Narwhals are medium sized whales commonly found in the Arctic. Male narwhals are distinguished by a single, elongated, straight ivory tusk. Narwhals have short snouts and a forehead melon which facilitates echolocation. The absence of a dorsal fin helps them to preserve body heat and swim with ease under ice sheets while hunting for flatfish. The blubber layer on their bodies helps them to keep warm in the frigid Arctic waters. Their bodies are exceptionally adapted for deep sea diving and narwhals can dive nearly 1,000 feet down. Narwhals have a flexible rib cage which can withstand the extreme pressure of the deep sea waters. Narwhals can also minimize oxygen consumption and store oxygen for long periods.
Caribous are known popularly in common folklore as Santa Claus’s reindeers. Caribous live in Arctic, Subarctic, mountainous and tundra regions of North America, Europe, Asia and Greenland. Caribou herds make one of the longest migrations, travelling more than 600 miles at the onset of summer, to feed on the abundant foliage of the tundra. These elk-like animals are distinguished by the presence of large antlers in both males and females. They have large hollowed out hooves which help them to walk on the icy terrain, paddle in water with ease and dig for lichens under the snow. The sharp edges of the hooves facilitate an easy grip on rocks and ice. Caribous have a furry coat with two layers. One is a dense, woolly undercoat and the outer layer consists of long, hollow air-filled hairs.
3. Beluga Whale
Beluga whales are stocky cetaceans found in the Arctic and Subarctic seas. They are also known as white whales due to their all white color which help them to blend in their icy habitats. Like narwhals, the dorsal fin is absent on their bodies, reducing body surface area and thus preserving body heat. Beluga whales have a substantial amount of blubber which helps them to survive in the freezing waters. They Beluga whales have an echolocation organ, known as melon, at the front of their heads which help them find blowholes under sheet ice while hunting and swimming under extensive ice sheets. Beluga whales can dive down to 700 meters below the sea surface despite being slow swimmers. They survive on a diet of fish, crustaceans and invertebrates. They are also called sea canaries due to their high pitched twitter.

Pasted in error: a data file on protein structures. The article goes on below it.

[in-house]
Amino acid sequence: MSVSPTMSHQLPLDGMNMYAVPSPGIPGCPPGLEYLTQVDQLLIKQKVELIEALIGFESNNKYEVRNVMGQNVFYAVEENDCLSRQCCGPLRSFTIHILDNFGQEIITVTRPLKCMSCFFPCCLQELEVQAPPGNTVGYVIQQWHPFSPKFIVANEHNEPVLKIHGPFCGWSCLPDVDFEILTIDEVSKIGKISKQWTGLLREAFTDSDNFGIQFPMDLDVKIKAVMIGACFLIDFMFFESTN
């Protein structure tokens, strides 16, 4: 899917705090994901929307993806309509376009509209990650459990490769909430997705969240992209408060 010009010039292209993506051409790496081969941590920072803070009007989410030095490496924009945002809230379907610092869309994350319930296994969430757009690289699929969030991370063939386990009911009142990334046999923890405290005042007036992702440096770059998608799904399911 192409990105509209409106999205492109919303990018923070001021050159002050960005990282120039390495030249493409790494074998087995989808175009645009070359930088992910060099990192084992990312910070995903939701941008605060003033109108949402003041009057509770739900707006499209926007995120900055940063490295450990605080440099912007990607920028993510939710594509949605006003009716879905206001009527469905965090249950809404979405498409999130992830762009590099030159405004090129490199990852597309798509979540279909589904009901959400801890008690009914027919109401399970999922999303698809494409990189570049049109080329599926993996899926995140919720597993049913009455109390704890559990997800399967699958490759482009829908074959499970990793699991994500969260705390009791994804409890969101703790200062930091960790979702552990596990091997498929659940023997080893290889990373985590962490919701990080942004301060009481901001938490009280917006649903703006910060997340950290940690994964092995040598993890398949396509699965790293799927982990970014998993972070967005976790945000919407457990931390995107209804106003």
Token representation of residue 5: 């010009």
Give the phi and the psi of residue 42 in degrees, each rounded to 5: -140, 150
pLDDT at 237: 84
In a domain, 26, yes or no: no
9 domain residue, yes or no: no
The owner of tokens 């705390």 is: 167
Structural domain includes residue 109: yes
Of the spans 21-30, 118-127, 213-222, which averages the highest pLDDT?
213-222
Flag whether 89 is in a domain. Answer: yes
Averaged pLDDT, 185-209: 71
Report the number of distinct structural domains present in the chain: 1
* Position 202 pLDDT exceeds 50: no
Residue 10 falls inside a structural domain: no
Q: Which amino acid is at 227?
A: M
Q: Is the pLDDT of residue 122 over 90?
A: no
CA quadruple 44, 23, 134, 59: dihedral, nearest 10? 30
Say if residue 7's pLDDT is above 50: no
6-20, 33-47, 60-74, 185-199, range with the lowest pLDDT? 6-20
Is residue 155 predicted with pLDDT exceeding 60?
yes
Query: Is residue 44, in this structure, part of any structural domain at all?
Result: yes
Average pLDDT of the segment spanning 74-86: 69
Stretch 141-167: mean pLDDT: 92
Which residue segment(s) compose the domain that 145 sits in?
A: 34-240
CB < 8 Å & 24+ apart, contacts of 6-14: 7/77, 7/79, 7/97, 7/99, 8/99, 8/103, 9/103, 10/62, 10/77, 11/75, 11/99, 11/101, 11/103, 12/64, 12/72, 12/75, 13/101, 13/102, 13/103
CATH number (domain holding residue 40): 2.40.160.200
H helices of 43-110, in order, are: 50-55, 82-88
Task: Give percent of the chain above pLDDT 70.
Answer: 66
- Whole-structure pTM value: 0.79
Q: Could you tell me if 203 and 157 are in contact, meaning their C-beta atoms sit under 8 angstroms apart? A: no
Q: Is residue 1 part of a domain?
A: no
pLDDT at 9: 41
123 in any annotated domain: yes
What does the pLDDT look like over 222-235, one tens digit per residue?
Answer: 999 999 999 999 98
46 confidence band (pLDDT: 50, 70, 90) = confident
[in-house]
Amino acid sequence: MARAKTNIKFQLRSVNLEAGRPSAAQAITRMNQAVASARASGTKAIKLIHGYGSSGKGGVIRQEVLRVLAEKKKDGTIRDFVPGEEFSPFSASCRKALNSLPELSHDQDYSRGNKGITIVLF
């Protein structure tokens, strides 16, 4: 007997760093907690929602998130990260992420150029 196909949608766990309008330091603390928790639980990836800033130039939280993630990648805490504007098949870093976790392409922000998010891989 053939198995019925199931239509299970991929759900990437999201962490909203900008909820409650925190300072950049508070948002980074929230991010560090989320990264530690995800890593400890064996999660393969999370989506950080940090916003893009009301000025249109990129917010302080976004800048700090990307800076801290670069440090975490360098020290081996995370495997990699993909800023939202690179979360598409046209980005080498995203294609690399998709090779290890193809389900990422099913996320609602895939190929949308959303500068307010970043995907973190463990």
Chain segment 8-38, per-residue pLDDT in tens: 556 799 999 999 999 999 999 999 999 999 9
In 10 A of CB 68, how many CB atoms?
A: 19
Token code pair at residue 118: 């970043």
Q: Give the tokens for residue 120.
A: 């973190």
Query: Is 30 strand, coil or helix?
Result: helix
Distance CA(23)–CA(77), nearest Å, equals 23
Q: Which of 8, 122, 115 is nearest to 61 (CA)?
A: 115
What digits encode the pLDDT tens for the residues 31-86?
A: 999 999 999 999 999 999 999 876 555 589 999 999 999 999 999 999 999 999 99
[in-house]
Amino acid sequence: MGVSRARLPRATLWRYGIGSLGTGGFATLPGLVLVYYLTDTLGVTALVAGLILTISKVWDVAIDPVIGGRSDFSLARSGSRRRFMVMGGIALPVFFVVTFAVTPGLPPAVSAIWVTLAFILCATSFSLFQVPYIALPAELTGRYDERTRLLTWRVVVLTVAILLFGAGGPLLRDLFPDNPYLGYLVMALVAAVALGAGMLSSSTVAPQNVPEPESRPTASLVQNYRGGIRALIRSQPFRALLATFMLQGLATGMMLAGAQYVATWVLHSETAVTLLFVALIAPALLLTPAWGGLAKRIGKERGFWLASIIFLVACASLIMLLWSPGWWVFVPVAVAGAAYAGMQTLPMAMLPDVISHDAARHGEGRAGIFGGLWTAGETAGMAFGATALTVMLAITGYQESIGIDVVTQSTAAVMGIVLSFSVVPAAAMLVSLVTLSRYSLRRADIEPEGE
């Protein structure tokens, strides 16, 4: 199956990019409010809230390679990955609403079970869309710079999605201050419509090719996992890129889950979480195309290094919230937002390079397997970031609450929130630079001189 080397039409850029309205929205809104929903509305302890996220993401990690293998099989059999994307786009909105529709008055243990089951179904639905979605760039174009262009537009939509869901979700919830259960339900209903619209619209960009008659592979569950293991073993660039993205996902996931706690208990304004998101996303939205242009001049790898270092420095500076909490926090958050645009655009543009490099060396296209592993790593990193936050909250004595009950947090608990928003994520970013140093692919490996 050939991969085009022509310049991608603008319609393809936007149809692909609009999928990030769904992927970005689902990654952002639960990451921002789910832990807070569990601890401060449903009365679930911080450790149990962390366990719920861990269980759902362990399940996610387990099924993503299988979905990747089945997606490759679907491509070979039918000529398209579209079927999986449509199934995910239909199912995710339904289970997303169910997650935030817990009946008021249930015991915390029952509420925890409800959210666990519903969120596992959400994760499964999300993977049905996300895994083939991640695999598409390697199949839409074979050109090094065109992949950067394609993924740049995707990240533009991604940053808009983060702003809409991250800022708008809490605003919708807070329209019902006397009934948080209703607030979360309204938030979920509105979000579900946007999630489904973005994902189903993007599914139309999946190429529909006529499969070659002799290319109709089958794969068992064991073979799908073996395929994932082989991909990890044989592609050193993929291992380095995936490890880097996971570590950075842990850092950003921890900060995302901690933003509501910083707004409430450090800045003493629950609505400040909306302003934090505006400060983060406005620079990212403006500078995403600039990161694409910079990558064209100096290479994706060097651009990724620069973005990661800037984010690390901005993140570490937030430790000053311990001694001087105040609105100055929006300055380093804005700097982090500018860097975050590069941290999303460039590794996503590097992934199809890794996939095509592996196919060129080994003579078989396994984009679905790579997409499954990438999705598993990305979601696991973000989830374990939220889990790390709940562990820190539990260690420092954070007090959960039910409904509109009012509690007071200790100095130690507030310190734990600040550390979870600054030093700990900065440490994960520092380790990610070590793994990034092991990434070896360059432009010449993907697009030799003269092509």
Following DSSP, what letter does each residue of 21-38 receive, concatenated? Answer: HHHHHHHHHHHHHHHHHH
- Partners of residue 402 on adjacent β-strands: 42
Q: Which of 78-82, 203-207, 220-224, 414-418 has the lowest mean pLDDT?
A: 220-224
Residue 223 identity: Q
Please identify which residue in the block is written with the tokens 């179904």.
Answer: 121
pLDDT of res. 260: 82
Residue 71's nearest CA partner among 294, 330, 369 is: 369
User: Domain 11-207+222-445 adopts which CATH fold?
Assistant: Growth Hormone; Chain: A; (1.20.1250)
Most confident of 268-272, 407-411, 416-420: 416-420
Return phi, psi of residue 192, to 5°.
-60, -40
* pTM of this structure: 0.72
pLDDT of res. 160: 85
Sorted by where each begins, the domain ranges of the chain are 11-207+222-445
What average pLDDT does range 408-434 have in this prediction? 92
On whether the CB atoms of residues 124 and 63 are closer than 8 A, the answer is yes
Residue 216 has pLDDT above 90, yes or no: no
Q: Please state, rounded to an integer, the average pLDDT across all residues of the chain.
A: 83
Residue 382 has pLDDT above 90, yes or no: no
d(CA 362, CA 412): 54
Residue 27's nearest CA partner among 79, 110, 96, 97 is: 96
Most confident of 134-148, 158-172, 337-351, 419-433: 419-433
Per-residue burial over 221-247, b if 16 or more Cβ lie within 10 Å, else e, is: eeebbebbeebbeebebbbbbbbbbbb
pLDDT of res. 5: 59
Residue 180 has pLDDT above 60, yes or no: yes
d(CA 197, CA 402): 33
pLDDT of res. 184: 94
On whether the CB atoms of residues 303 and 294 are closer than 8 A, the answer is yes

2. Polar Bear
The polar bear is fully equipped for Arctic life having multiple defenses against the ravages of its harsh, icy habitat. A thick coat of long, heavy, white fur helps them to blend into their surroundings besides keeping them warm by trapping a layer of insulating air. Their oily fur keeps moisture at bay and protects it from frigid waters. A layer of blubber directly below the skin provides insulation from the biting cold. Polar bears have large paws with furry soles to help them walk easily on snow and ice, though these massive creatures prefer to spend most of their lives in the sea. It has been classified as a vulnerable species due to global warming. The melting of sea ice and threats to its fragile habitat has made hunting for food, challenging for the polar bear.
1. Arctic Fox
Also known as polar fox, the arctic fox is found throughout the Arctic regions in the Northern Hemisphere. It can survive at temperatures as low as -58F by burrowing into the ground or snow. Their round body, short muzzle and small ears reduce body surface area and consequently exposure to extreme cold. It has an insulating layer of thick fur coat which traps a layer of air and preserves body heat. Furry paws and a keen sense of hearing help them to walk easily on the snow and hunt for prey. Arctic foxes have white fur that helps them camouflage in the ice and snow. Their fur changes color to brown or gray in summer to help them blend in with their surroundings.